The original Gnarbox was an awesome idea that never quite delivered. Built for photographers and videographers, it’s a battery-powered, rugged hard drive that you can just pop an SD card into, and it’ll back it up. It was a great concept, but the execution? Not so much. It was slow, buggy, and bulky. Well, the $500 and up Gnarbox 2.0 is finally here and it finally works the way you hoped it would. Mostly.
I used the first version of the Gnarbox and it was a non-starter. More accurately, I tried it once, and found it so slow and annoying that I never turned it on again. About a month ago, I was sent the Gnarbox 2.0 ahead of its official release this week, and while the firmware / software wasn’t final, using it was still like night and day.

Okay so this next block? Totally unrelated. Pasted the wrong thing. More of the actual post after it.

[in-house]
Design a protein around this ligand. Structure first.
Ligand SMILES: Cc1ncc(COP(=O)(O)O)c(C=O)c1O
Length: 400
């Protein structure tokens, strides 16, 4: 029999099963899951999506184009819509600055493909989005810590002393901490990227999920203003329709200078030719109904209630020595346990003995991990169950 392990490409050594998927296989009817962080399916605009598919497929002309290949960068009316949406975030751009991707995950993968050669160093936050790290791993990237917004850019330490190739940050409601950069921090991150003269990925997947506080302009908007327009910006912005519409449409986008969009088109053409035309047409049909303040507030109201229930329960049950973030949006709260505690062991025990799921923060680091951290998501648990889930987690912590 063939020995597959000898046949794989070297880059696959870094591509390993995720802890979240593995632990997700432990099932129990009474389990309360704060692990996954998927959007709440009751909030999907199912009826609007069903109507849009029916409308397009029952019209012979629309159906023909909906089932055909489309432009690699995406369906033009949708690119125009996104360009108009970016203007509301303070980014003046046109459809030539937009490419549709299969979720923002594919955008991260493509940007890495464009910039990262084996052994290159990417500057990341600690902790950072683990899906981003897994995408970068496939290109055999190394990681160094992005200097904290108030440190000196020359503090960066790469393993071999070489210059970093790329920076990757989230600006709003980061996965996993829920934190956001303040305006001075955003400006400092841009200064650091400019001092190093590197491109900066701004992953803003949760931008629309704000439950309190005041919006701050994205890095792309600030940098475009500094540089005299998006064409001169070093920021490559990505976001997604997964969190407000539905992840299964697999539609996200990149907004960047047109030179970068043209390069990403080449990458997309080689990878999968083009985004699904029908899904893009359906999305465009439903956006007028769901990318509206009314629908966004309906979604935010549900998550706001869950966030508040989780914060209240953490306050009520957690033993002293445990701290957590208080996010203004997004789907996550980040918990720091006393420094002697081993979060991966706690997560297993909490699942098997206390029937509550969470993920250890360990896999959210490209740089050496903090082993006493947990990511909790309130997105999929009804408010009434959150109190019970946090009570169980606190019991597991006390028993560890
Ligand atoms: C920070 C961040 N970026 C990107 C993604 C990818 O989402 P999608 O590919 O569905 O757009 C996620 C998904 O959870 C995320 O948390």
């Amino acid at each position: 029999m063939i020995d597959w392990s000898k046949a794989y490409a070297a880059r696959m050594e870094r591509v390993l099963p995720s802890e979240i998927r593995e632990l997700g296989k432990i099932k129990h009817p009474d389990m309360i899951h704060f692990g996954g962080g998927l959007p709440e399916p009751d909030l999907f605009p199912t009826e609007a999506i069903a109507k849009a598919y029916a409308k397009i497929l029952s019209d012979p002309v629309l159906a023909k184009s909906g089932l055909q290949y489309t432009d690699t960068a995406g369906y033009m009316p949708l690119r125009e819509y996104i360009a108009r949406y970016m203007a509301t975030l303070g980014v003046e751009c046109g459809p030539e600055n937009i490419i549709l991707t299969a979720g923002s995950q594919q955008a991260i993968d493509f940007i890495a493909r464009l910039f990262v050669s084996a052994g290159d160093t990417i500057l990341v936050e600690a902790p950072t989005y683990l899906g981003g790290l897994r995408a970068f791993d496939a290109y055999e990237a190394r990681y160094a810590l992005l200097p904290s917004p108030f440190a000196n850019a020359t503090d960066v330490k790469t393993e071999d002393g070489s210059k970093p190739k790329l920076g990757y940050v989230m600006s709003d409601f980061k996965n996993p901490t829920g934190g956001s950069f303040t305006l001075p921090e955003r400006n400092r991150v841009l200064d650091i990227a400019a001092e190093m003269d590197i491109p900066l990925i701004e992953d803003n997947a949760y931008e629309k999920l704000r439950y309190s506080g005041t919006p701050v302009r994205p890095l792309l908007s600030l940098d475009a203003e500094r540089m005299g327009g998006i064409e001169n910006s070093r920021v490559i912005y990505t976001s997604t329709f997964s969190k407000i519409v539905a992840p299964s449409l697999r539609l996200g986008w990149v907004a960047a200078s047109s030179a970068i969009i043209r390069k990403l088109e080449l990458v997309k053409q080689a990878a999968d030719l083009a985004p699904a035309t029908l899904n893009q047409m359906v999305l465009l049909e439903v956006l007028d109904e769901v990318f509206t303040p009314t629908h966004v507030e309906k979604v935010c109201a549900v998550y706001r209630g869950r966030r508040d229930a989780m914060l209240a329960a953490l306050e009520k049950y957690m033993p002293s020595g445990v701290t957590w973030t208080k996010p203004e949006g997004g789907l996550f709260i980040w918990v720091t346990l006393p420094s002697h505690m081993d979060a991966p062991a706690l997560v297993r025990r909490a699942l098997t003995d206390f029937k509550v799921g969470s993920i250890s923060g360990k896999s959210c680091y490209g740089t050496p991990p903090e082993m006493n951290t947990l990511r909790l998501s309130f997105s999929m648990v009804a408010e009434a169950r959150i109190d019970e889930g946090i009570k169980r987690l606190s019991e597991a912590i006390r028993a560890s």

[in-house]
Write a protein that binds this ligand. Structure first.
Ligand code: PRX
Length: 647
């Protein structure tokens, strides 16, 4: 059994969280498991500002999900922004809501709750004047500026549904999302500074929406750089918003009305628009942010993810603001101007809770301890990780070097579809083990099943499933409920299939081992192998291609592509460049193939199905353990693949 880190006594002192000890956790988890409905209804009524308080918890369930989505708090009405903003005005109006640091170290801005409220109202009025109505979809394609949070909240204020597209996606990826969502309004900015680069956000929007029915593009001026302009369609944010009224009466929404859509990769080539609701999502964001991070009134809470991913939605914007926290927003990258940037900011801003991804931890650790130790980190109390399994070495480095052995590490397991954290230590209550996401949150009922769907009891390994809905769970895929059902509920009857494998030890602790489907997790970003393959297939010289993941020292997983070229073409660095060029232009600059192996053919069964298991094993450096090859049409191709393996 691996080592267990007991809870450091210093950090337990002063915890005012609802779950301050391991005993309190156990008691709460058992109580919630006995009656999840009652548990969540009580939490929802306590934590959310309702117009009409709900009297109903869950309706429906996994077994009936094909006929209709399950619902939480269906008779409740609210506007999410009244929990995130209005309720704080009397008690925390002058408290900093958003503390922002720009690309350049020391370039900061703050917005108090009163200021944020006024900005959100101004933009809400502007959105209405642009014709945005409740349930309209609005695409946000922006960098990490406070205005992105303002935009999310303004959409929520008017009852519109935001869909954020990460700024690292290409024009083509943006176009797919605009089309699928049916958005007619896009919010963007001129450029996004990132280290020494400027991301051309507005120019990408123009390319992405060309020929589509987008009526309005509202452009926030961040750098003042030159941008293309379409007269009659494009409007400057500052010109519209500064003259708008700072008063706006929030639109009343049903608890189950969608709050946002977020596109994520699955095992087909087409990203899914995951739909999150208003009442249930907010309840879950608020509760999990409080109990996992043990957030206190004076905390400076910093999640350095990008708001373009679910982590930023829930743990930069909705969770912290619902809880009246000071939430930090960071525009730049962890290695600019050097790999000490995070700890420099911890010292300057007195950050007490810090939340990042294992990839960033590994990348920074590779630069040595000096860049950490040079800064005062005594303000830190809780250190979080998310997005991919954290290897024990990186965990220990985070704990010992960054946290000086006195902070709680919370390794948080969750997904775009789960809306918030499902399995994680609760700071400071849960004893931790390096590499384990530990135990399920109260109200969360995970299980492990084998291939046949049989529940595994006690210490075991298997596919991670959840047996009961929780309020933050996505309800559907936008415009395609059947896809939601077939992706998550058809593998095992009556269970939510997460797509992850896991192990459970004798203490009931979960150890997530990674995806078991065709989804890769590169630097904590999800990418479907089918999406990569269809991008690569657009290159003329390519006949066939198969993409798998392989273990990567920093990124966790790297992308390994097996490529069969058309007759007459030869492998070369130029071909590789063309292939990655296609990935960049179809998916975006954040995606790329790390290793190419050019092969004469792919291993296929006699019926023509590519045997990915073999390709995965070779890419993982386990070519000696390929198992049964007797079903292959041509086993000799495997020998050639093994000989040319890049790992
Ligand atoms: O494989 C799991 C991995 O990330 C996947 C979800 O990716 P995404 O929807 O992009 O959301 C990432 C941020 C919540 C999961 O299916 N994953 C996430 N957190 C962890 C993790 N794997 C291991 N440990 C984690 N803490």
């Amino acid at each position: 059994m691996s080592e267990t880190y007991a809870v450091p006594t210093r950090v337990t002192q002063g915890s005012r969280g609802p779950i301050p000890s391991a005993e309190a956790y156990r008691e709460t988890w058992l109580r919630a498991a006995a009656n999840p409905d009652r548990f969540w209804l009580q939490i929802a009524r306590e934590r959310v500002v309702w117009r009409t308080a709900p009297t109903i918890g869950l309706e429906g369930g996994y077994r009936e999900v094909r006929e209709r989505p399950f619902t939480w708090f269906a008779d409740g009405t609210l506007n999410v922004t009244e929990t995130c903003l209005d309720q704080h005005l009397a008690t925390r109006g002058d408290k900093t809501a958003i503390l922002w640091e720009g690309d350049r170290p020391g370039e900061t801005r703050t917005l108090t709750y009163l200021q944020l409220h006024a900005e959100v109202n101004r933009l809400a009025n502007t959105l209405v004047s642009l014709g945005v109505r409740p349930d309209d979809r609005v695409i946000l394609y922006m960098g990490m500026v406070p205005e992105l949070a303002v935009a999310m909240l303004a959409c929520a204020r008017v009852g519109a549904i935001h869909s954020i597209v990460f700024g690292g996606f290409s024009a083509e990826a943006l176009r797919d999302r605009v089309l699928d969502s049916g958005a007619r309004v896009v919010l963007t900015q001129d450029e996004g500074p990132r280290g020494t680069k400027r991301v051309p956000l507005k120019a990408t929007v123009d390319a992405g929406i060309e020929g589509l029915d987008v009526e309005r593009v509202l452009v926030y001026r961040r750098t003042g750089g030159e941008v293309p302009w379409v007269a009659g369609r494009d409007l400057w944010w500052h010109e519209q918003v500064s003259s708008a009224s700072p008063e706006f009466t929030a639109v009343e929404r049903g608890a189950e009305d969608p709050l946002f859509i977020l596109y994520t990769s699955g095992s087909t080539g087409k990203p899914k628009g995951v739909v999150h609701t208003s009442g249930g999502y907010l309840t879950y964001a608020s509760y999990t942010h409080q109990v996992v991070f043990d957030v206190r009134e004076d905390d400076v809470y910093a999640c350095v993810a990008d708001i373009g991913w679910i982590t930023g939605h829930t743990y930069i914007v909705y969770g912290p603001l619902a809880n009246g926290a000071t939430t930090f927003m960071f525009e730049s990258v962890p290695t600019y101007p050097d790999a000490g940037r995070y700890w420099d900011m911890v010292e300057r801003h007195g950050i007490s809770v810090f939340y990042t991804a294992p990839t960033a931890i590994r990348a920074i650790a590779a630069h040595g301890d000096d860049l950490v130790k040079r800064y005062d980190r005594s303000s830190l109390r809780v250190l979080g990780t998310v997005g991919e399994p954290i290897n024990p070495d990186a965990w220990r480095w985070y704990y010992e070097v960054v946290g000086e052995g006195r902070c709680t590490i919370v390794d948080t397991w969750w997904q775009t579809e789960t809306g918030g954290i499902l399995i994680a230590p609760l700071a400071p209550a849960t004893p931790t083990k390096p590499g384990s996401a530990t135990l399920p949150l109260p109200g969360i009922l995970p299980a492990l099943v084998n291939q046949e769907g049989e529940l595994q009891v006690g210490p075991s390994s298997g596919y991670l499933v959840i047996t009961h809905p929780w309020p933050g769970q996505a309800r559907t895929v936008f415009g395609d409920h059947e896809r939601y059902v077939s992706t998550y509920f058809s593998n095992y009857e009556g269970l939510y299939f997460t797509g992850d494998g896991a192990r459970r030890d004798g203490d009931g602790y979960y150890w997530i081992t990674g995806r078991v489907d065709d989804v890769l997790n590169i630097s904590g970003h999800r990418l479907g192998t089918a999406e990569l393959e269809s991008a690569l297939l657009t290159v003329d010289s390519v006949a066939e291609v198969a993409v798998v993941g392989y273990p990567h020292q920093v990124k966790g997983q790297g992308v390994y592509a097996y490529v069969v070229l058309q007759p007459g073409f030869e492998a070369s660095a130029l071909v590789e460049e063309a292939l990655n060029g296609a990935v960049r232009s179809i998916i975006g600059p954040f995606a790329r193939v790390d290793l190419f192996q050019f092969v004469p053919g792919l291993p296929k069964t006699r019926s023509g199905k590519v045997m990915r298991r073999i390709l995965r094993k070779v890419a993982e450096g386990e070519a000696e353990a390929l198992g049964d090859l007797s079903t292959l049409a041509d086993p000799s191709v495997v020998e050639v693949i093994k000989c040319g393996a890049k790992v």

For starters, the new Gnarbox is slimmer and tougher. It would easily fit in a jacket pocket (or, shudders, cargo pants), and it’s water and dust resistant. It has a solid-state drive and better guts (an Intel quad core, 2.40GHZ CPU and quad core GPU, along with 4GB RAM) which makes backing up a lot faster, and it’s more shock-proof, too. It now has a built-in screen, so you have more control over how it’s working without having to fire up an app. The one thing that 1.0 had that 2.0 lacks is a microSD card slot. It has a full-sized SD card slot, two USB-C ports, and a micro HDMI port, but for microSD you have to use a USB-C card reader or an adapter sleeve that lets you use the SD slot. I asked Gnarbox why they ditched the micro slot and they said having that it made everything else slower, so it wasn’t worth the trade-off. I ended up taping a microSD adapter in a little baggie to the back of the device so I’d always have one on hand, which worked out fine.